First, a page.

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Prof. Justice: MLA Style

For students in Debbie Justice's ENG courses.

What is "Style"?

Research "style" is very simply the set of instructions and format that a particular discipline uses when writing papers and citing resources.  Different areas of study do things a little bit differently.  For ENG 101 (and other English/Humanities courses), MLA Style is used.  MLA stands for the Modern Language Association, an organization of professionals who study and teach languages and literature.

What is MLA Style?

MLA 8th Edition

Previous versions of the MLA Handbook were created based on the publication format of the source.  Citations looked different and followed different rules depending on whether the source being cited was a book, a journal article, a website, etc.  Now, users identify 9 pieces of information about the source, regardless of format, and put those pieces of information into a prescribed order with simplified punctuation.  The core elements are, in order and with punctuation:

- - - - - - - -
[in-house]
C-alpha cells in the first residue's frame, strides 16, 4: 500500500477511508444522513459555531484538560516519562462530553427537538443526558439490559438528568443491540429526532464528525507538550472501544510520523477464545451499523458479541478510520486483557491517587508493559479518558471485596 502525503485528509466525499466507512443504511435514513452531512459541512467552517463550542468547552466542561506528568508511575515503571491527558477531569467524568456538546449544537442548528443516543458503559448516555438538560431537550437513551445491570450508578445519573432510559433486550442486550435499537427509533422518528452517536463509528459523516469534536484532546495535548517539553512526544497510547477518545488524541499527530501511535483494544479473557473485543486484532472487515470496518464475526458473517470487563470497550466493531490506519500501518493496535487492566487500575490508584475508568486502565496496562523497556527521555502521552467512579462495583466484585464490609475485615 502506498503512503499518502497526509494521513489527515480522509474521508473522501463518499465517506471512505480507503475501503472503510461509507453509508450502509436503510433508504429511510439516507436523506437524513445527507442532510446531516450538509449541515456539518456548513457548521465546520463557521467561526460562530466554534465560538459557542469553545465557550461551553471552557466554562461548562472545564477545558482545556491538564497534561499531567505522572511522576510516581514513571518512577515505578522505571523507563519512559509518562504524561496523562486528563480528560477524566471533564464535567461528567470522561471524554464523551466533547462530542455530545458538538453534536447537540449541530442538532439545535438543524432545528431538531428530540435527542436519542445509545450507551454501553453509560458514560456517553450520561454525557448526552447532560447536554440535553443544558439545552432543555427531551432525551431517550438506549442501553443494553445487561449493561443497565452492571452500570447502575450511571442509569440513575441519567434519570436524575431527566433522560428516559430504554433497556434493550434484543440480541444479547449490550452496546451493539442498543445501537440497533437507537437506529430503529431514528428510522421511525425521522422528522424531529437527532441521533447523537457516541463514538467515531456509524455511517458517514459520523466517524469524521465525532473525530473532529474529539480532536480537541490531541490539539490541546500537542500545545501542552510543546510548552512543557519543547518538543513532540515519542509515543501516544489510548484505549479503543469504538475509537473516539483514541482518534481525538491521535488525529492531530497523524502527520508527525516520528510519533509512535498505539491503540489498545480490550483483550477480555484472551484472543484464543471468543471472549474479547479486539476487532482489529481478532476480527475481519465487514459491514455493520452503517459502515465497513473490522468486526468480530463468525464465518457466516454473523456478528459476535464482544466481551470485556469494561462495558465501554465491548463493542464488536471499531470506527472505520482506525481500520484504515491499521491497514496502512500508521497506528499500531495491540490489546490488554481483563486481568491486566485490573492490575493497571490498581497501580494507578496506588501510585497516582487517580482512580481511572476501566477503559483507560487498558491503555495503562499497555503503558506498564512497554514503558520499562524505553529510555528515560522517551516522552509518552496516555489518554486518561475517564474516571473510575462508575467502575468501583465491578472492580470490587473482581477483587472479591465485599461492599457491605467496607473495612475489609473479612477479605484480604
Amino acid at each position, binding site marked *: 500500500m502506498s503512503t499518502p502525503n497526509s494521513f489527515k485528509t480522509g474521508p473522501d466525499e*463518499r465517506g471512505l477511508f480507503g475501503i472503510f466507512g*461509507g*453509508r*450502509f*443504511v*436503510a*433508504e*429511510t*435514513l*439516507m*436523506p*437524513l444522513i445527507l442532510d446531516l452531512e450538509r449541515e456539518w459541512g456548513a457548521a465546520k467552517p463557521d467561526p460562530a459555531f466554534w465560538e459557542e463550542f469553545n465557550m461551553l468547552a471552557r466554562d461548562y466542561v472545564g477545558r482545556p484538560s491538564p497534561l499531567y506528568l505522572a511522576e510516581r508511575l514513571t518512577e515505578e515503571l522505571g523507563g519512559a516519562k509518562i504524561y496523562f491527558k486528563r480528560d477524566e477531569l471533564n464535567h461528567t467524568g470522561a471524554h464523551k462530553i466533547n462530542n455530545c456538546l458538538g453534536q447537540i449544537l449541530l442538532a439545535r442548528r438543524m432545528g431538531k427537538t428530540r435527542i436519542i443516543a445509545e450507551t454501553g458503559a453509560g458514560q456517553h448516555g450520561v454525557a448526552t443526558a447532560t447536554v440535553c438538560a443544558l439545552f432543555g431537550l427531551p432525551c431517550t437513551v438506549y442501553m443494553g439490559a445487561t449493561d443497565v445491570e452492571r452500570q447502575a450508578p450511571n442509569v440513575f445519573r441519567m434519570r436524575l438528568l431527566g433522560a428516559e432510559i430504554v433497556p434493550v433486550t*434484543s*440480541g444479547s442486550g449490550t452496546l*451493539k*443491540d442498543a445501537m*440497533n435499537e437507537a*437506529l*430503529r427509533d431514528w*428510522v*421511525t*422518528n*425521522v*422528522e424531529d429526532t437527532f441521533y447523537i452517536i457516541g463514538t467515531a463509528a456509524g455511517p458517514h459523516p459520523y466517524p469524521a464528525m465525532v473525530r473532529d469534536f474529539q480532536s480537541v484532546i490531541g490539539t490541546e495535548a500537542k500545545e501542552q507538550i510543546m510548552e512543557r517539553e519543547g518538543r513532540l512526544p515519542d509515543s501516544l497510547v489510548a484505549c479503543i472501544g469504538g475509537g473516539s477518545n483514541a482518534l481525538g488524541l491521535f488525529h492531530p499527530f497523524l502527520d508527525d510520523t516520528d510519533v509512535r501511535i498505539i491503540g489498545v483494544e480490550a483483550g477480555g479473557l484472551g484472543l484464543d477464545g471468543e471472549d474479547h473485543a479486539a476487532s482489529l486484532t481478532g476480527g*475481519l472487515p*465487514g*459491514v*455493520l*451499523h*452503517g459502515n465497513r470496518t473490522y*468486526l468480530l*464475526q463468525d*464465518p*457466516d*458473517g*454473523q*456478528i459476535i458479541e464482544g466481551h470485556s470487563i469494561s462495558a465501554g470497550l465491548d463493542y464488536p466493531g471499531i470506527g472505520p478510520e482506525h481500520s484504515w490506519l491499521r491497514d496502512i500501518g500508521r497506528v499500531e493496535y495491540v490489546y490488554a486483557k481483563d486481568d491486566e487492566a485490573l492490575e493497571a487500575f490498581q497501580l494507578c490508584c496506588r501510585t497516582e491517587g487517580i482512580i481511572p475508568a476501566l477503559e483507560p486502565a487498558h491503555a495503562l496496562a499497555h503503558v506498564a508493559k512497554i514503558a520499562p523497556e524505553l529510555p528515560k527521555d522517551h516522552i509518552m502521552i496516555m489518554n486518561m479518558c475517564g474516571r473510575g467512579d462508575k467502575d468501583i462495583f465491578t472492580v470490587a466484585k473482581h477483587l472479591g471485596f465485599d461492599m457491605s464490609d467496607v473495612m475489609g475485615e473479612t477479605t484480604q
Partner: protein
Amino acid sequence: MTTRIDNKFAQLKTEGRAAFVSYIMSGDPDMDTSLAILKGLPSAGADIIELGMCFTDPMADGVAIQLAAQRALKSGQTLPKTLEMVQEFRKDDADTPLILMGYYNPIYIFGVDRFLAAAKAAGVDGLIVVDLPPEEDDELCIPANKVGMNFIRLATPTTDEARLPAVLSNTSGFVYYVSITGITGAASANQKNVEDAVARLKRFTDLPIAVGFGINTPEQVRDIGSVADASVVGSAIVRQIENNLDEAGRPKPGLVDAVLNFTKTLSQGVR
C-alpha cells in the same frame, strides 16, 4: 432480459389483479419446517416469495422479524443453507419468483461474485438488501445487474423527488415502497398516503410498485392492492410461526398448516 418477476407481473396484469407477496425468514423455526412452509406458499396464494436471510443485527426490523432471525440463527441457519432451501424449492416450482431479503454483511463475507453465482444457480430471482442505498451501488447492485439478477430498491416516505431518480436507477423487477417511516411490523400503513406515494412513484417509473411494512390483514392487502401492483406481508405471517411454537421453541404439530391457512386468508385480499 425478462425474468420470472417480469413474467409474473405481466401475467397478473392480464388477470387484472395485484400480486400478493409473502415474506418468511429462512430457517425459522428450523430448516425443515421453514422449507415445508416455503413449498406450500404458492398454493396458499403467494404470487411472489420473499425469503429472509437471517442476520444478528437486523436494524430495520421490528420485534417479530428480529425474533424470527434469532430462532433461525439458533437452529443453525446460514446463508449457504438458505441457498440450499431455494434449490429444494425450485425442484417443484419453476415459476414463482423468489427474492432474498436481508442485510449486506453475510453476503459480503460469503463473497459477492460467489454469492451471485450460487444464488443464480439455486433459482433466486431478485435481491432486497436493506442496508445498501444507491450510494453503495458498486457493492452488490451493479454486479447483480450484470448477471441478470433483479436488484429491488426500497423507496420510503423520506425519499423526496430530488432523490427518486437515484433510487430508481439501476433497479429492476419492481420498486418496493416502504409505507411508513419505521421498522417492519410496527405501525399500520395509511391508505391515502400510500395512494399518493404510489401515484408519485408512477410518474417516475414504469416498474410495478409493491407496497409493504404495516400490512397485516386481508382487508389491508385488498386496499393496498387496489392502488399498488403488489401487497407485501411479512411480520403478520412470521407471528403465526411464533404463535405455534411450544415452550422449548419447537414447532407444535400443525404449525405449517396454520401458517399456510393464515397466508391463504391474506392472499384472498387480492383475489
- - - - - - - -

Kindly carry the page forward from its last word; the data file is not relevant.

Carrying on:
1. Author.
  2. Title of source.
  3. Title of container,
  4. Other contributors,
  5. Version,
  6. Number,
  7. Publisher,
  8. Publication date,
  9. Location.

In the Works Cited, citations should still be formatted using a hanging indent.  Please note, not ever citation will contain all 9 core elements.  Provide as much information as is available and pertinent to your source.  They should appear in alphabetical order based on the core element that appears first (usually author or title) and should end with a period regardless of the last core element that appears.  See examples below:

Book:

Lee, Harper. To Kill a Mockingbird. HarperCollins, 1999.

Article:

Peet, Lisa. "To Kill a Mockingbird Author Harper Lee Dies." Library Journal, vol. 141, no. 5, 15 Mar. 2016, pp. 18-19.